How to Calculate your NPS

We often work with clients who claim their customers choose them because of their great customer service, in the absence of any evidence to support this potentially biased position.

Developed by Bain & Co approximately 15 years ago, the Net Promoter Score (NPS) was developed as an easy way of judging the customer’s perception and came through amongst other options as the best approach to predict loyalty, referrals and other behaviour that drives business growth. All of this is based upon the simple customer question “What is the likelihood that you will recommend Company X to a friend or colleague?”.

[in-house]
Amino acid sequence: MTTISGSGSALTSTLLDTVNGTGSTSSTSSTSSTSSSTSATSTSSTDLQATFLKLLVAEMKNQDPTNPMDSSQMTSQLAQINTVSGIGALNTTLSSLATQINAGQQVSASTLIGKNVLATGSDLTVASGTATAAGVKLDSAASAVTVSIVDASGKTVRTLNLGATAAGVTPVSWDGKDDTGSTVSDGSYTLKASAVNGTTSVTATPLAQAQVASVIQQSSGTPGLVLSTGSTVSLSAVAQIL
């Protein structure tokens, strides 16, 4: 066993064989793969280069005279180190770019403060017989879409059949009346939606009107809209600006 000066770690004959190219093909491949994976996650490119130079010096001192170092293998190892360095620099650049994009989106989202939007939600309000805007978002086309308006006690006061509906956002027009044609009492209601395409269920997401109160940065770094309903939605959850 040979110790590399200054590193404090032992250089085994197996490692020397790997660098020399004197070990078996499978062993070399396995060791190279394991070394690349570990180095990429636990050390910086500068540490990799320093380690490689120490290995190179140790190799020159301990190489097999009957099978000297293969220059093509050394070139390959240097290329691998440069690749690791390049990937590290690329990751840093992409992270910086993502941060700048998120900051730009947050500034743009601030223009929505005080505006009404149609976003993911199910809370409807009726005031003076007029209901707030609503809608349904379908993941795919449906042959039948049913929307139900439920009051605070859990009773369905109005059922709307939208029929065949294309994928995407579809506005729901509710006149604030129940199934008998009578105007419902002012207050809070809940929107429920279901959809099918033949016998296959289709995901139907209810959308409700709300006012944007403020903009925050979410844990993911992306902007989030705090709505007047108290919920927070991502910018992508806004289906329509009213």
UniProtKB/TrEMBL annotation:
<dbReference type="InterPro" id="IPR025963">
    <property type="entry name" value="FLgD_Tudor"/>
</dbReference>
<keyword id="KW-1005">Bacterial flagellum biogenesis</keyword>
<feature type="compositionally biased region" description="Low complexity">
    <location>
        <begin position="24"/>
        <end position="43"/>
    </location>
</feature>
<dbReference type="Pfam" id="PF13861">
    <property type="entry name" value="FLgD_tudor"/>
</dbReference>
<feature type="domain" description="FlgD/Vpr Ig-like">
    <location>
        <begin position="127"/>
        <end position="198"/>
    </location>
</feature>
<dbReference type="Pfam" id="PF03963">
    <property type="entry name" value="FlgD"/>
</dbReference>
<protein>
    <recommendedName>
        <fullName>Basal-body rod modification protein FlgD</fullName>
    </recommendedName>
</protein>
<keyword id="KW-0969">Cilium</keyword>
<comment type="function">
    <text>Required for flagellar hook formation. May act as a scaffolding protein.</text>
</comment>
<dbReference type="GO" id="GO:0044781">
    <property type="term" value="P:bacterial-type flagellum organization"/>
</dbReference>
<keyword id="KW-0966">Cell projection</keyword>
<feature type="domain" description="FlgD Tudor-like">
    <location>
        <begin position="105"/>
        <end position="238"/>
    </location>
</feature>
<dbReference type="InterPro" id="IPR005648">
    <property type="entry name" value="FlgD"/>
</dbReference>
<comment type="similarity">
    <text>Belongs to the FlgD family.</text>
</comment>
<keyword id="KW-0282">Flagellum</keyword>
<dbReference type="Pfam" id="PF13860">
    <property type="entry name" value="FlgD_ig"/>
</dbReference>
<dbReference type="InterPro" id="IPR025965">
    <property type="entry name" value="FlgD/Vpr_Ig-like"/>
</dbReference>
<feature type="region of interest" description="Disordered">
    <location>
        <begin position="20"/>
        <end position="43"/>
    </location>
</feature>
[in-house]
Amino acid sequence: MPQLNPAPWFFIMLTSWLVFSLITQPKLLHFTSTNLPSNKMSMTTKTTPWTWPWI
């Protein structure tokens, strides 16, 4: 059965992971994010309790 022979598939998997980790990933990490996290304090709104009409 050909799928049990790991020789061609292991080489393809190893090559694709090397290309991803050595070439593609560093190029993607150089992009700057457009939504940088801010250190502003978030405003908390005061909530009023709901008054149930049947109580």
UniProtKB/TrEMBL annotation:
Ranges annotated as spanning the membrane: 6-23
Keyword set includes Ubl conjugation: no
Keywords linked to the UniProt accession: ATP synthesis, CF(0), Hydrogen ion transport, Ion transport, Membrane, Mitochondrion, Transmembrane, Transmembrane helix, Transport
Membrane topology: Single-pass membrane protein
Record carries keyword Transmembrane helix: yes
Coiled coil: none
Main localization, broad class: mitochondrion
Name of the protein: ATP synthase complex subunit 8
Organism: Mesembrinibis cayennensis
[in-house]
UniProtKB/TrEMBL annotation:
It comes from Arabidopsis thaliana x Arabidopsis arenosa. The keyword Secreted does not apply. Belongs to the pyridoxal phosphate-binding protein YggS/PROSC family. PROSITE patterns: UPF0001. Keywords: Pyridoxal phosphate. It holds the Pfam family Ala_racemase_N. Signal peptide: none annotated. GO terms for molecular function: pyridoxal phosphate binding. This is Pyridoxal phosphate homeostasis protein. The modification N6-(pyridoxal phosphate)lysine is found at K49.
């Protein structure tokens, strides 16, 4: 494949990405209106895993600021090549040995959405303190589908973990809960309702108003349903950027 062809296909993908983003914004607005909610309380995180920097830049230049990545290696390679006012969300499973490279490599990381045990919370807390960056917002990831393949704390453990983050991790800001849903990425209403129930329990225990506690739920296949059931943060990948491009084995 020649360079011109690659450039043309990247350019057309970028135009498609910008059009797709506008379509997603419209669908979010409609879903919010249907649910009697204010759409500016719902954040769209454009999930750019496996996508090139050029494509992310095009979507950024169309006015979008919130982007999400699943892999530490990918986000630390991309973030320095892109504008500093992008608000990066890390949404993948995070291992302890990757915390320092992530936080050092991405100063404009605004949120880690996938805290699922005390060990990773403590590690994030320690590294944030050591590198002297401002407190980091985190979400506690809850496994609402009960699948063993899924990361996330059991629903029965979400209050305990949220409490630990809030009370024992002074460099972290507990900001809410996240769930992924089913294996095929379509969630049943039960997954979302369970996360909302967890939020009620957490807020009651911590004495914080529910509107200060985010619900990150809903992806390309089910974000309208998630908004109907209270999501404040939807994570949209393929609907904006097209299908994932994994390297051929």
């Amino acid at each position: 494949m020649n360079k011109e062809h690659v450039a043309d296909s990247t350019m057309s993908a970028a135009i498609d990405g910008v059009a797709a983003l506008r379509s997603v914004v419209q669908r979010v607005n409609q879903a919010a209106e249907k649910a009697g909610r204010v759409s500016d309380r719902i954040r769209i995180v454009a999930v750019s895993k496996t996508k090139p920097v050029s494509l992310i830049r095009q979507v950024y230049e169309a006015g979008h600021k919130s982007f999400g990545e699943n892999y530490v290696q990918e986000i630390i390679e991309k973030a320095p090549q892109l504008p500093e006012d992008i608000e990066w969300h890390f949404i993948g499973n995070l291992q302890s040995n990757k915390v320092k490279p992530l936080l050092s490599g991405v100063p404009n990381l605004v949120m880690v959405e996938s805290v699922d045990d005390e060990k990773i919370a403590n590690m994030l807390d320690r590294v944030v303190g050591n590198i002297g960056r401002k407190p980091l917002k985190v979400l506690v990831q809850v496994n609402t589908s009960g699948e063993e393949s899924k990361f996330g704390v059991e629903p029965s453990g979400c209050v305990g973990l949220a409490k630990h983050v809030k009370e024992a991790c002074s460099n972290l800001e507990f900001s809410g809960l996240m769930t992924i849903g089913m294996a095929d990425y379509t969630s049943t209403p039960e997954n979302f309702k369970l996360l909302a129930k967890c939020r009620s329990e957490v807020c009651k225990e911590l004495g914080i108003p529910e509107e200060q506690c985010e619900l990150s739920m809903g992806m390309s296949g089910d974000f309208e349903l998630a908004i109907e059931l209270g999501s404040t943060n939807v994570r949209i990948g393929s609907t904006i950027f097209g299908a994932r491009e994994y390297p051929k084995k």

Those that score 7 or 8 are excluded from the calculation as “passives” at risk of switching to another choice, whilst the percentage that chose 9 or 10, the “promoters” are subtracted from the “detractors” (1-6) to calculate an NPS score.

Benchmark against your competitors

Before getting into industry variations, an NPS score above zero is considered “good”, +50 is “excellent,” and above 70 is considered “world class”. An NPS score allows companies to track progress over time as well as compare themselves against benchmark data for their industry. As you might imagine the NPS range for banks is lower than that for hotels.

And in this year’s survey with over 400 ActionCOACH clients in the UK, we are proud of an NPS score of 72, which is right up there with Apple, and we all know what raving fans Apple customers can be..

If you would like to discuss how to integrate NPS into your customer feedback, let’s connect.

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